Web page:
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Dr. Ina Park Rhee

Year of Birth / Death

b. 1974

Medical School

The Johns Hopkins University School of Medicine



Career Path

Internal medicine: Oncology
Dr. Ina Park Rhee


I was initially attracted to medicine because I had always been interested in scientific research, and I wanted to be able to study clinically meaningful problems. I therefore elected to pursue a combined M.D.-Ph.D. program. Clinical training has been eye opening, and I have discovered how much I also enjoy thinking about and caring for patients. I hope eventually to be able to combine my research interests in cancer genetics with my clinical interests by pursuing a career in academic medical oncology.


Dr. Ina Park Rhee has been a resident in internal medicine at Boston's Massachusetts General Hospital. She has only recently launched her medical career, although she has begun with an impressive achievement—in May 2002 she graduated with both an M.D. and a Ph.D. in human genetics.

During her undergraduate years at Harvard University, Ina Rhee spent her summers studying cell biology at the National Institutes of Health. In 1995 she graduated summa cum laude with a bachelor's degree in chemistry and headed directly to Johns Hopkins University School of Medicine in Baltimore, Maryland.

Over the next seven years, she pursued combined-degree training in the Medical Scientist Training Program. Under the direction of Bert Vogelstein, M.D., and Kenneth Kinzler, Ph.D., she conducted research on the genetic basis of colorectal cancer. An elected member of the Alpha Omega Alpha national honor medical society, Dr. Rhee graduated from Hopkins with both an M.D. and a Ph.D. in human genetics in May 2002.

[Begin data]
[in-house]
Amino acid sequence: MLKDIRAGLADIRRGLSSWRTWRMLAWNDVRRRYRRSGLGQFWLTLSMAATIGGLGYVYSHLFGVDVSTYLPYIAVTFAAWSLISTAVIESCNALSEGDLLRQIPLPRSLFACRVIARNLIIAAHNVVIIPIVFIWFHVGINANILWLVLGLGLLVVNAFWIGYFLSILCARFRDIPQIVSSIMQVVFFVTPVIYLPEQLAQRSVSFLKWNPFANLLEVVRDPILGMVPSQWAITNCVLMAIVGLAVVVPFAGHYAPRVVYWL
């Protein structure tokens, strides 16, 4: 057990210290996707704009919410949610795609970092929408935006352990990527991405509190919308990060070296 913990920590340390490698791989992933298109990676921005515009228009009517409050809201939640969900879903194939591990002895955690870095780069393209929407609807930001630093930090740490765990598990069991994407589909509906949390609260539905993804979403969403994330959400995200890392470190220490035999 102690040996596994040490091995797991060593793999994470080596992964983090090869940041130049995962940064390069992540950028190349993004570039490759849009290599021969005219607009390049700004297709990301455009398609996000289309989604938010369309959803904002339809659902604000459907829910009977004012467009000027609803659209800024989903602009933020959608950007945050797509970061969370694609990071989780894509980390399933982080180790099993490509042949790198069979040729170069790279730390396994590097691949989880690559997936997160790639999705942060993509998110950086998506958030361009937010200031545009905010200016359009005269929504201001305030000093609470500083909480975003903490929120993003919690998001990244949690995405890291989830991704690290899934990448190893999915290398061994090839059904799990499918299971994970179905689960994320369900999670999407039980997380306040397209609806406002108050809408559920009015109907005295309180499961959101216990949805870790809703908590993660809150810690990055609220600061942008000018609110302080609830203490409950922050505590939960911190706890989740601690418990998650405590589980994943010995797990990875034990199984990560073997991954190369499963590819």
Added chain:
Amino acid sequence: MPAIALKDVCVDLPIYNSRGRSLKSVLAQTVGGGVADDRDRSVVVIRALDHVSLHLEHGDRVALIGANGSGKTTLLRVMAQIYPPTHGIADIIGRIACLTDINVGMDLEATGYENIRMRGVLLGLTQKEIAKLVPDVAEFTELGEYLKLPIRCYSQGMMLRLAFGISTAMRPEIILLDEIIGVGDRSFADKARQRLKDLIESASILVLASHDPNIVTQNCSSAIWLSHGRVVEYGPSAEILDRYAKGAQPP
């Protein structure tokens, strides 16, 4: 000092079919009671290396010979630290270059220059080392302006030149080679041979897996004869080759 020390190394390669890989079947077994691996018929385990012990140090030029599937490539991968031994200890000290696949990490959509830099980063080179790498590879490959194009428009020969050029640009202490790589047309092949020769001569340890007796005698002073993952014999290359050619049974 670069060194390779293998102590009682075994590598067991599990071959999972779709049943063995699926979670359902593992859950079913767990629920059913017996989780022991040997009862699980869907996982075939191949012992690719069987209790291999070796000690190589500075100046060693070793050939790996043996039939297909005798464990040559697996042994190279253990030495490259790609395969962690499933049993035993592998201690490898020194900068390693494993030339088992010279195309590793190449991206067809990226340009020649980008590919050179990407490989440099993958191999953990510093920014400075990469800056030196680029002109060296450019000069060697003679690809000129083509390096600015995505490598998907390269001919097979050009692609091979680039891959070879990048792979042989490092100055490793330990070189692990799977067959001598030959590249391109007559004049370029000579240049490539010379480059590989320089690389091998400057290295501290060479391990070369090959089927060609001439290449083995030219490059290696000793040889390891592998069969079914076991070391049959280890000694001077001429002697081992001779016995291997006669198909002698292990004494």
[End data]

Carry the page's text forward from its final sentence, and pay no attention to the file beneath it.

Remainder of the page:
Throughout her studies and now as a young academic physician, Dr. Rhee has demonstrated great single-mindedness. She comments, although, that "tennis game and piano playing have gone downhill since embarking on her medical adventure."

Dr. Rhee looks forward to her medical career with great excitement, "Undoubtedly life will remain hectic in the foreseeable future, but promises to be challenging, exciting, and rewarding."

Question and Answer

What was my biggest obstacle?

I certainly can't identify any external obstacles that were placed before me. I am continually grateful for the tremendous support of my family, to whom I owe any small success that I may achieve. I am also very mindful of how fortunate I am to have had the opportunity to train in medicine; this training has altered my perspective and sense of priorities in life.

How do I make a difference?

I try to be meticulous with details. Physicians can never be too careful and I am trying to learn to be systematic so that fewer mistakes are made in patient care. I also struggle to be a better role model for medical students and to devote more creative energy to their education.

Who was my mentor?

The mentor who has most shaped my thinking is my Ph.D. advisor, Bert Vogelstein. He is a tremendously generous leader and a prodigiously gifted scientist. His dedication has shown me the kind of sustained focus that one needs to succeed at any task.

How has my career evolved over time?

I am just beginning my career, having only recently made the transition from being a medical student to being a doctor. Ask me again in another five or ten years!

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